Early childhood education as a site of ecocentric counter-colonial endeavour in aotearoa New Zealand [post]

Jenny Ritchie
2020 unpublished
This article draws upon a range of theoretical domains, first to outline the historical rationale for the urgent changes needed to challenge and transform the dominator culture which has justified exploitation of Indigenous peoples and the resources of the earth. It invites educators to reconsider the narratives that are either consciously or inadvertently promoted in our work, suggesting that we can learn from Indigenous epistemologies in which humans are situated alongside earth others, as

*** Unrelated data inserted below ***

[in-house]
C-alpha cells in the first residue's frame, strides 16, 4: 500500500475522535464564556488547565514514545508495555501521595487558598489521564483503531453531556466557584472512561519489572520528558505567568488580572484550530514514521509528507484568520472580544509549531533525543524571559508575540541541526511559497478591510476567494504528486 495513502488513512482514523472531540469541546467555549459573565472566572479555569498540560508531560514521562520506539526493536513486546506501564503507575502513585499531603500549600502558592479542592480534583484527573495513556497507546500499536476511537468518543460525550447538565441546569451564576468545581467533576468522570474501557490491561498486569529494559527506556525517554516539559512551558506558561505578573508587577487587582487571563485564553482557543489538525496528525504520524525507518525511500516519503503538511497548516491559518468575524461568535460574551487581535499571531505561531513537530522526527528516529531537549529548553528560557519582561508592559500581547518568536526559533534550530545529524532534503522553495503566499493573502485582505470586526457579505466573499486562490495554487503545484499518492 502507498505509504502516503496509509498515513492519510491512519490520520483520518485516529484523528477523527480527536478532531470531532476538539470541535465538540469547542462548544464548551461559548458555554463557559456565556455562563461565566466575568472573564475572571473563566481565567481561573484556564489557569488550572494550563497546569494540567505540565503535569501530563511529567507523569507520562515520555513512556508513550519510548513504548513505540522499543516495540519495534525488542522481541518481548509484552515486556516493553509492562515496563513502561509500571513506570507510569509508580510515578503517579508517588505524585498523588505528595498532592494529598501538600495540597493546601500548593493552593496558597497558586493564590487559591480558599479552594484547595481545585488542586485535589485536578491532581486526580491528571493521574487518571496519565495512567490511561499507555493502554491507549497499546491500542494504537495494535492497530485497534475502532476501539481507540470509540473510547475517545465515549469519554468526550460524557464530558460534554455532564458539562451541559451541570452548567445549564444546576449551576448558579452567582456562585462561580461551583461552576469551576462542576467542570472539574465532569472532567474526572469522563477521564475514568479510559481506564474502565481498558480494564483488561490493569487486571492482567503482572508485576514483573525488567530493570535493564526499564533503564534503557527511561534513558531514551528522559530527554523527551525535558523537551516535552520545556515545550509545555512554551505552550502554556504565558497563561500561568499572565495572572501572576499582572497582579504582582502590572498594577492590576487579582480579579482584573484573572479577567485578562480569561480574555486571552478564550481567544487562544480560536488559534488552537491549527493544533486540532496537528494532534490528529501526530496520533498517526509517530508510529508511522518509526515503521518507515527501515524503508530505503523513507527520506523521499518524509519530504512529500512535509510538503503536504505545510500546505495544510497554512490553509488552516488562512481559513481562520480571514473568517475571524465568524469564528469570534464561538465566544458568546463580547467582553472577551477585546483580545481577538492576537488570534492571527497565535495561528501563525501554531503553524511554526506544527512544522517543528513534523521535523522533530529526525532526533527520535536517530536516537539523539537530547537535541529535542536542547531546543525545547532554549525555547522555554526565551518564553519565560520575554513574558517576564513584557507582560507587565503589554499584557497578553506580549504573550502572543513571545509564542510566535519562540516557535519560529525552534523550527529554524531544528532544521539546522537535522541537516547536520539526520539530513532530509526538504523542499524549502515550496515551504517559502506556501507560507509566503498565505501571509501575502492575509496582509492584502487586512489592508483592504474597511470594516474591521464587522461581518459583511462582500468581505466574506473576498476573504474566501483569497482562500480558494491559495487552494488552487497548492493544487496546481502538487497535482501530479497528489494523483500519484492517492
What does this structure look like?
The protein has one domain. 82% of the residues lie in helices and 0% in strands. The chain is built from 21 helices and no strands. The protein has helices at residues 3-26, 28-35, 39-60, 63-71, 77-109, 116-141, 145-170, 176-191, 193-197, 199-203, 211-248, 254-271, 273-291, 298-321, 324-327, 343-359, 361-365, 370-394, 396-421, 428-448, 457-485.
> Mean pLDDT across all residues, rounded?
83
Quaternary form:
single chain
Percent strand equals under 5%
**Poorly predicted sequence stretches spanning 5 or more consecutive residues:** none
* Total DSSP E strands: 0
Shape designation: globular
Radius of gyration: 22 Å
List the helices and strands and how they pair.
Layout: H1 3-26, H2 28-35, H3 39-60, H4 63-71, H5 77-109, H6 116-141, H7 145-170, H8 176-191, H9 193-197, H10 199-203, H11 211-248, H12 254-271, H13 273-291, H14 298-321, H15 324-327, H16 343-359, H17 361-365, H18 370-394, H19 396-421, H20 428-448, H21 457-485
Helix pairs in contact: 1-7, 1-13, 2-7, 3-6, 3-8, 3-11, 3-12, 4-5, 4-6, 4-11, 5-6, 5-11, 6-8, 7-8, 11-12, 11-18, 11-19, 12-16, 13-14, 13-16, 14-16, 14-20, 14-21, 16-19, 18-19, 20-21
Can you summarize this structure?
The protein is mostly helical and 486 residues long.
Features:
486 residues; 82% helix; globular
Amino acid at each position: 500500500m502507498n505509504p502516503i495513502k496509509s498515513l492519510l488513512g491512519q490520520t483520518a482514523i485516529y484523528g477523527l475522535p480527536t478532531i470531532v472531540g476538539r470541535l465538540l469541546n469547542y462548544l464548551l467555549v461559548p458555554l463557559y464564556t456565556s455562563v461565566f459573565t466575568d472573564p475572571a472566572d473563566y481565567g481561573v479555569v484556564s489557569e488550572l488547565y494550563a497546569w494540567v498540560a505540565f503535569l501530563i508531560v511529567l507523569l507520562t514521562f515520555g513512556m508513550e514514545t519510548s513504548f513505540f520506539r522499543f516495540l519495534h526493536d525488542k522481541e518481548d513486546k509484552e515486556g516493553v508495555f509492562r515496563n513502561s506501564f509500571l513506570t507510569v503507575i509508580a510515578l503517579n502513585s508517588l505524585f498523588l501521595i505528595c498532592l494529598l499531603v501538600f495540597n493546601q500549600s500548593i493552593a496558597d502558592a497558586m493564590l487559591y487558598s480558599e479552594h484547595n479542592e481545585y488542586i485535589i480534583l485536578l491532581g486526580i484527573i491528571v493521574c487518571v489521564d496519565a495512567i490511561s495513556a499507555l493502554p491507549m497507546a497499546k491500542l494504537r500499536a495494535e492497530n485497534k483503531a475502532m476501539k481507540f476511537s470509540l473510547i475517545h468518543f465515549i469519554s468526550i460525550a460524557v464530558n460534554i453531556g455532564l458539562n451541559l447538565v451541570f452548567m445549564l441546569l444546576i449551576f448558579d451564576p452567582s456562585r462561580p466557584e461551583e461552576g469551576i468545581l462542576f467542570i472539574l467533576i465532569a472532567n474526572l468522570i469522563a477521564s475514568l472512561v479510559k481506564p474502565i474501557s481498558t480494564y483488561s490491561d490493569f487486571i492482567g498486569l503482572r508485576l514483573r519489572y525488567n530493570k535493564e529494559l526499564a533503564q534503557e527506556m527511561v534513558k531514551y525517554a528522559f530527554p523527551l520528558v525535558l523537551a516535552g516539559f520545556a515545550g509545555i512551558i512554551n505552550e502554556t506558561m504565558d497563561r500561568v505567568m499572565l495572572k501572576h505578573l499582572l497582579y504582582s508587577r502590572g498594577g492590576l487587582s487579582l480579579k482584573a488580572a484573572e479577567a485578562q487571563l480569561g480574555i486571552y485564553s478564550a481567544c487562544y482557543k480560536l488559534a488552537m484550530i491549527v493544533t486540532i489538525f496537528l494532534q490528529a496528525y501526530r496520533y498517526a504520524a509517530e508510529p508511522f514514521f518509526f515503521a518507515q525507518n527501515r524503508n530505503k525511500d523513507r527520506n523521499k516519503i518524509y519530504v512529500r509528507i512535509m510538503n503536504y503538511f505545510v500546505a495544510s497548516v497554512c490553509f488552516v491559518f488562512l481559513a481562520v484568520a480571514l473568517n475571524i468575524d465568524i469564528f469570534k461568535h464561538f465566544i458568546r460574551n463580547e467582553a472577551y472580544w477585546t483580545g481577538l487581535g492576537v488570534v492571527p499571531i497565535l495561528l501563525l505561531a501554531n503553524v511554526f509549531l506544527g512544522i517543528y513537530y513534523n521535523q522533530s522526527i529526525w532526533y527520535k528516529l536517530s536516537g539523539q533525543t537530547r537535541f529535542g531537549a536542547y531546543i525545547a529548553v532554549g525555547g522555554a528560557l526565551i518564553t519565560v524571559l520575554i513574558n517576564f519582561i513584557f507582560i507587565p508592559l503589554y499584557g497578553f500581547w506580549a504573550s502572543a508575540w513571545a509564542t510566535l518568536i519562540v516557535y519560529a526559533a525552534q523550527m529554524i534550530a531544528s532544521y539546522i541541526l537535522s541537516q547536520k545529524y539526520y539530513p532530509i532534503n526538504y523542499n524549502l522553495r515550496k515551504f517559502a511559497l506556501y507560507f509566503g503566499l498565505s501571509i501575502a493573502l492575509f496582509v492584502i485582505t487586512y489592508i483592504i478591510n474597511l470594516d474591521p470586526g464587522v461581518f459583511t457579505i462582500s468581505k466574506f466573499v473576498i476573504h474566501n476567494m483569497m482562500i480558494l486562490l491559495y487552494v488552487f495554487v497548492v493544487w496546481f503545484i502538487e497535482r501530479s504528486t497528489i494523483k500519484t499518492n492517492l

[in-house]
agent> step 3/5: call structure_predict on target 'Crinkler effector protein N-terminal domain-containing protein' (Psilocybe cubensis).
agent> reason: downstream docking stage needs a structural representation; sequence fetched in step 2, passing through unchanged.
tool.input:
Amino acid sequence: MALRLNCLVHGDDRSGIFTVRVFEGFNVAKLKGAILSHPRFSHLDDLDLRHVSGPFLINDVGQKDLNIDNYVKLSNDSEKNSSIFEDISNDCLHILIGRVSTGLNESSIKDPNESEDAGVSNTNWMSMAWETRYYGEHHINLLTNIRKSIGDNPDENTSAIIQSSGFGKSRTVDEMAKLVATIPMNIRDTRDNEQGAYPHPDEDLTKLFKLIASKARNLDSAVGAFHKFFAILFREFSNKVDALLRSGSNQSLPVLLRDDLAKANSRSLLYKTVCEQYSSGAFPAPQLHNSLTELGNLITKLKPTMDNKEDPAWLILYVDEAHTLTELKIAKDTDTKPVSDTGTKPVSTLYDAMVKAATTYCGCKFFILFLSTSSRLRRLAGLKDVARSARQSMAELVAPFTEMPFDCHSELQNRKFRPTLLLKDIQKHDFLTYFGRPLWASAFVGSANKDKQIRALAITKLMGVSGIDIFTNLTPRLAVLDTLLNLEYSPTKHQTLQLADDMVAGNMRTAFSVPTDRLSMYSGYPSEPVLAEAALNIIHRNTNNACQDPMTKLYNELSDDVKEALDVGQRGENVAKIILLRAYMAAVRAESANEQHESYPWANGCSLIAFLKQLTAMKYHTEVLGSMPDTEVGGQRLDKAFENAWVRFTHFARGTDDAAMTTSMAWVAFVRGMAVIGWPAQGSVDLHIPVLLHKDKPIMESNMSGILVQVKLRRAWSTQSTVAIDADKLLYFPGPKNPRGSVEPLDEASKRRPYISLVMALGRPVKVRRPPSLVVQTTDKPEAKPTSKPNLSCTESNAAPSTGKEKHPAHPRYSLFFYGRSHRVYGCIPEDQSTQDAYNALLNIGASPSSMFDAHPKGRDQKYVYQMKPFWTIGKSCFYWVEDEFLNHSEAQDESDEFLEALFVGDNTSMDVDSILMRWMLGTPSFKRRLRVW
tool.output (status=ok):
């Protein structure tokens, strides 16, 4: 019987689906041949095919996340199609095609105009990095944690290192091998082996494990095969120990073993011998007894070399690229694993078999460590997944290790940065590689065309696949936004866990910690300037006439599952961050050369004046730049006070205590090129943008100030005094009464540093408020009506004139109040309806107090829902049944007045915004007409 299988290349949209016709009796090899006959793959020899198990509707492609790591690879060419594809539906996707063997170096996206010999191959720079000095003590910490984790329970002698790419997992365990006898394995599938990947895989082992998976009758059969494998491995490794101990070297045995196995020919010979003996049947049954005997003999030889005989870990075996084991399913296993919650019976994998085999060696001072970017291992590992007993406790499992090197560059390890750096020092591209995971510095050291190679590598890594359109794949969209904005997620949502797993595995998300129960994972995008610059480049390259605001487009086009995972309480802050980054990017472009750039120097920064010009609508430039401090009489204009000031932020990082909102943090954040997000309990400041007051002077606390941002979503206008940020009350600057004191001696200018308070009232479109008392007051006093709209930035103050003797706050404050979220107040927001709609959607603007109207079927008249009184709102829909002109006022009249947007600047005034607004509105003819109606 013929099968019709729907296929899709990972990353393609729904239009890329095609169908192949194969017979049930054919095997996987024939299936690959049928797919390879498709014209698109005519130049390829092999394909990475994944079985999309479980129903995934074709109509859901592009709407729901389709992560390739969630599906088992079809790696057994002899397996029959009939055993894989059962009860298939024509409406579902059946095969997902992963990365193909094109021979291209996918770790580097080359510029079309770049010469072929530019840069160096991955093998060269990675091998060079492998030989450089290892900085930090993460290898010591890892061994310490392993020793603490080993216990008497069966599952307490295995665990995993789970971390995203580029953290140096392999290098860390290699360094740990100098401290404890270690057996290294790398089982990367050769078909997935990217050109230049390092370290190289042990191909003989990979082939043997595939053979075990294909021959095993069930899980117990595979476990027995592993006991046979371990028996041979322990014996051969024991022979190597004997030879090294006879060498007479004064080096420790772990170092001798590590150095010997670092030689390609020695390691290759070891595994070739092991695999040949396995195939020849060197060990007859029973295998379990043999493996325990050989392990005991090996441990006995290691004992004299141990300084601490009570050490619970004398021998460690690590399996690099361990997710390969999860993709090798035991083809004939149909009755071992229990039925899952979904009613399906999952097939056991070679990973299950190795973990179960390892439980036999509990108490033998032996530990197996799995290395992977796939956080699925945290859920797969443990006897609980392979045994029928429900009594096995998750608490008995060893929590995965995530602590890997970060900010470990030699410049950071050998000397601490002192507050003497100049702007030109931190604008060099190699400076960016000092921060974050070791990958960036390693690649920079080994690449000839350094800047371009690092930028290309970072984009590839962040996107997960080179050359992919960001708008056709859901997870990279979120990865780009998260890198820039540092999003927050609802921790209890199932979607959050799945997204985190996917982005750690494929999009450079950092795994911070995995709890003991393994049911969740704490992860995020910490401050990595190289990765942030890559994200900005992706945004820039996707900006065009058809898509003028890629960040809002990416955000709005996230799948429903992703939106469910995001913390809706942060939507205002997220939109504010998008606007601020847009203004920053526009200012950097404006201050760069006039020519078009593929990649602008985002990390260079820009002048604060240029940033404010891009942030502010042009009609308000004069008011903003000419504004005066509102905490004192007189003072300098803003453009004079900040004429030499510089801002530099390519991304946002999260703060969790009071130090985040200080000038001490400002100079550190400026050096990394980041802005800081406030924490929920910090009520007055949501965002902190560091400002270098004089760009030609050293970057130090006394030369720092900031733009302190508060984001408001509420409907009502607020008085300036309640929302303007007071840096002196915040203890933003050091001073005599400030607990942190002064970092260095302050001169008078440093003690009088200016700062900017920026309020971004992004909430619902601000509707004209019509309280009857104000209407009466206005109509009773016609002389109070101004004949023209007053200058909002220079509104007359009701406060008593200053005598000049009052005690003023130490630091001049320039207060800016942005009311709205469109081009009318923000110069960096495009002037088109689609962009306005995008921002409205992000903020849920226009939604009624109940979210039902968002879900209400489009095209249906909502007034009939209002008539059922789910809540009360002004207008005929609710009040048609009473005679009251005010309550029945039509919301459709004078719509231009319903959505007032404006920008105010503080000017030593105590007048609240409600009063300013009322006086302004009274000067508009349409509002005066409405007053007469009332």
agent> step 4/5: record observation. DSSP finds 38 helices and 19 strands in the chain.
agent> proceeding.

more » ... pectful, related guardians and caretakers. It finally draws on some examples from a recent qualitative study conducted with ten early childhood centres from across Aotearoa, to illuminate possibilities for enactment of counter-colonial renarrativisation within early childhood settings in service of an ethical project of enhancing relationalities, reconnecting children and their families with the more-than-human world.
doi:10.26686/wgtn.12738233 fatcat:2rrpjz7v7ngtrno3zoftdbxdmi